In an article posted on the ASME web site in August 2012, Mark Crawford highlights the key role played by engineers in the creation and early protection of intellectual property rights.
Quoting from the IEEE publication “Intellectual Property and the Employee Engineer,” Crawford underscores that “[e]very schematic, each piece of software code, and every drawing, diagram and prototype has intellectual property rights attached upon creation.” Engineers are therefore “professional innovators who…are often the first involved in creating a proprietary design or invention, says Crawford. He adds, however, that scientists and engineers, focused on the technology itself, “don’t always realize the finer (or more nebulous) points of protecting IP.”
Crawford highlights two particularly important issues, surfaced by Russell Genet, an attorney with the Nixon Peabody firm in Chicago: greater awareness of what qualifies as being potentially patentable, and the perils of premature public disclosure of an idea.
As to potential patentability, some engineers might very well assume that their work “is obvious to others in their field,” and thus not patentable, according to Genet. However, the patent law test for whether something is obvious is more complicated than that, and what might appear “obvious” to an engineer “might not be so obvious under proper patent law analysis.”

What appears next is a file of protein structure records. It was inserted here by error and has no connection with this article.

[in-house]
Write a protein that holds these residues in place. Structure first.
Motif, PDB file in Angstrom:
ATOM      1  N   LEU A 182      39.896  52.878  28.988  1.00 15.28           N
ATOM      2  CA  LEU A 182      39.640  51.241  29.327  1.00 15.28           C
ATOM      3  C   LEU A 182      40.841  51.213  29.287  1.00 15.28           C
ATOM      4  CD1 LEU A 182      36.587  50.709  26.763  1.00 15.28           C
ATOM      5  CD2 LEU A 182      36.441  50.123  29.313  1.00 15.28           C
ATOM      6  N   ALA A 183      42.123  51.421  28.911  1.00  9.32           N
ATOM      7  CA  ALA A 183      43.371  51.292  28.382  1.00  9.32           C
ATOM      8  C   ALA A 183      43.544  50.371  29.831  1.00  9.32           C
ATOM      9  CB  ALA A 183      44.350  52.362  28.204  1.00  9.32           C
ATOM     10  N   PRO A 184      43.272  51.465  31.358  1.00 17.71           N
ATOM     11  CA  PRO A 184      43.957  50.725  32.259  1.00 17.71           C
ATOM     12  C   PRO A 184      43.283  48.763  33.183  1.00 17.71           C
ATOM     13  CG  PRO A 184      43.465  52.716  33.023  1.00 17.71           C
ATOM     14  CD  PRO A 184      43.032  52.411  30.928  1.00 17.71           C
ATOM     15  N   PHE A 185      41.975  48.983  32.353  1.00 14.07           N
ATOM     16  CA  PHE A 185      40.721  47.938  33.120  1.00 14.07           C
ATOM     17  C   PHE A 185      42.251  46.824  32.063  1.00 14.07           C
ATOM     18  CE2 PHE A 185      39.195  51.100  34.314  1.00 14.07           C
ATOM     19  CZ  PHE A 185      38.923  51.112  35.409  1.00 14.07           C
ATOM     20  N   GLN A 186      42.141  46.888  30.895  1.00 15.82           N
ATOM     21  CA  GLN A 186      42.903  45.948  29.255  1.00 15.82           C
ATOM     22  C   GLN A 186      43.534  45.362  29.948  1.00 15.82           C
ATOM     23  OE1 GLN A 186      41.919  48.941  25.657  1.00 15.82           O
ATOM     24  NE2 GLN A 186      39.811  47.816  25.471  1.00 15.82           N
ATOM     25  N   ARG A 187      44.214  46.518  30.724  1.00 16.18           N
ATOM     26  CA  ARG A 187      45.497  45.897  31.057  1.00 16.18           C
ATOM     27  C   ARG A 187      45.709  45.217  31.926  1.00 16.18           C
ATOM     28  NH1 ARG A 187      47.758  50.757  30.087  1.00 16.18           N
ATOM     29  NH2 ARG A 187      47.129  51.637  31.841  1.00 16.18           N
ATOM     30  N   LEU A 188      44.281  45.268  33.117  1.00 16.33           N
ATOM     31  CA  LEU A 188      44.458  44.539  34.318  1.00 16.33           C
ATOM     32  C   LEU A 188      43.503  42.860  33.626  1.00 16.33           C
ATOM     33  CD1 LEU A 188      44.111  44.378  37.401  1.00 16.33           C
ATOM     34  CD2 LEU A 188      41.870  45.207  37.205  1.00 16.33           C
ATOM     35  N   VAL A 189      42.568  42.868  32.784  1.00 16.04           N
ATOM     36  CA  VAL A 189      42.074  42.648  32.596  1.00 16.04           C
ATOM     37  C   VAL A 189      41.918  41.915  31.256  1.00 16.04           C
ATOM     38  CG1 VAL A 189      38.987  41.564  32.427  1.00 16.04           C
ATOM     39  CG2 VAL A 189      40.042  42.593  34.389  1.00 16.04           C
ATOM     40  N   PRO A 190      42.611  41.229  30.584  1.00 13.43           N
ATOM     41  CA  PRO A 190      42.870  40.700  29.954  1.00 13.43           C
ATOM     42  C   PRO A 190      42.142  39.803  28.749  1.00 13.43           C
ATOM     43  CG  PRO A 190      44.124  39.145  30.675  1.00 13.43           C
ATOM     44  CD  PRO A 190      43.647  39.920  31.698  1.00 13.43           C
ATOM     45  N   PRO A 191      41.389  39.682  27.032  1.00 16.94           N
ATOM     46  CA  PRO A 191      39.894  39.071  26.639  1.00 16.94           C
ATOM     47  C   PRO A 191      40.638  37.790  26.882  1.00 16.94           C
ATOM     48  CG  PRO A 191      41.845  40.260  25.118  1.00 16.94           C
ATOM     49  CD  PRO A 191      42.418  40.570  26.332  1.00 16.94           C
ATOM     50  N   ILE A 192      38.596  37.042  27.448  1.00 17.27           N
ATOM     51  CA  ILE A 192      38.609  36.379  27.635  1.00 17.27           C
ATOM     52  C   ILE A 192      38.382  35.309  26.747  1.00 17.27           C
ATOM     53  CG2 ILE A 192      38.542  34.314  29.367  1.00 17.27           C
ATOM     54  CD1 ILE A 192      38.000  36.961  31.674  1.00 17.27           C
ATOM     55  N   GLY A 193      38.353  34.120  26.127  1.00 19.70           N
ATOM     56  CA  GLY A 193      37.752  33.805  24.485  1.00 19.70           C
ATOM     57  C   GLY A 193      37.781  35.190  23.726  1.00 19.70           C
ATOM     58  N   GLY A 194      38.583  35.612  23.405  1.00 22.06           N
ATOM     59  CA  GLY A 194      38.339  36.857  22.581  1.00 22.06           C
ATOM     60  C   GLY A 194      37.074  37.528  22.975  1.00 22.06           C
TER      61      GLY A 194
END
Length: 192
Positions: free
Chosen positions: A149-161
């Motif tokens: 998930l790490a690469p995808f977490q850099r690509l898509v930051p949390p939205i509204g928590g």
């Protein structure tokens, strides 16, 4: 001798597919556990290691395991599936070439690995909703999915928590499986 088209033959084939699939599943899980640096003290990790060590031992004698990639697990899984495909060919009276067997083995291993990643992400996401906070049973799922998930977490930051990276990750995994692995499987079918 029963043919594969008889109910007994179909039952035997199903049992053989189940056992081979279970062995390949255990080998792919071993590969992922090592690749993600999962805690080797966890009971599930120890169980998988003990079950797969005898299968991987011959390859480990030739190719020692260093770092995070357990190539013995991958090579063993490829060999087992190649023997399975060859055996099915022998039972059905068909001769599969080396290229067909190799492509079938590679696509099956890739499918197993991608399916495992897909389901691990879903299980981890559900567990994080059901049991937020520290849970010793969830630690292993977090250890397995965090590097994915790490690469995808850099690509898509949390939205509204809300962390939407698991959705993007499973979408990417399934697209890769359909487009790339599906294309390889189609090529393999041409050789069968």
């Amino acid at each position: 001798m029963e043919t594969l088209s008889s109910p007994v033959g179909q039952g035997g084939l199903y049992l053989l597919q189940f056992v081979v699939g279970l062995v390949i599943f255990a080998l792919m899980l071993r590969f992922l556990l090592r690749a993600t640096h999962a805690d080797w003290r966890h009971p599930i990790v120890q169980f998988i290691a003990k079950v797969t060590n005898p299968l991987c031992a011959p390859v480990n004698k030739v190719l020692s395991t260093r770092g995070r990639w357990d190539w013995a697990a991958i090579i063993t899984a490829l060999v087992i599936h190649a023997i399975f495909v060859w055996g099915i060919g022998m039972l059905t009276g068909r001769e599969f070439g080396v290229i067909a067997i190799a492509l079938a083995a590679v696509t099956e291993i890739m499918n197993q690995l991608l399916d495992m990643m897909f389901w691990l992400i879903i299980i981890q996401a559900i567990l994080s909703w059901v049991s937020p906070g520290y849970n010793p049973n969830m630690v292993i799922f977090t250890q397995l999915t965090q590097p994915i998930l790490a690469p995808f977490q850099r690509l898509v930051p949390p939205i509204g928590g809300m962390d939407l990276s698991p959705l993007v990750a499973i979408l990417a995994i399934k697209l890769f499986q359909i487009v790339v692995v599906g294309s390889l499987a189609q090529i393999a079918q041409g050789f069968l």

As to public disclosure, discussing potentially patentable subject matter in, say, an article or trade show presentation – or even with friends outside the company – “could result in a complete forfeiture of one’s ability to obtain patent protection…” according to Genet. “[A] patent application should be filed before such disclosures occur.”
Crawford suggests that if internal training on IP protection is lacking, there are consultants and even online training courses available. It would behoove the diligent engineer to avail himself or herself of such resources.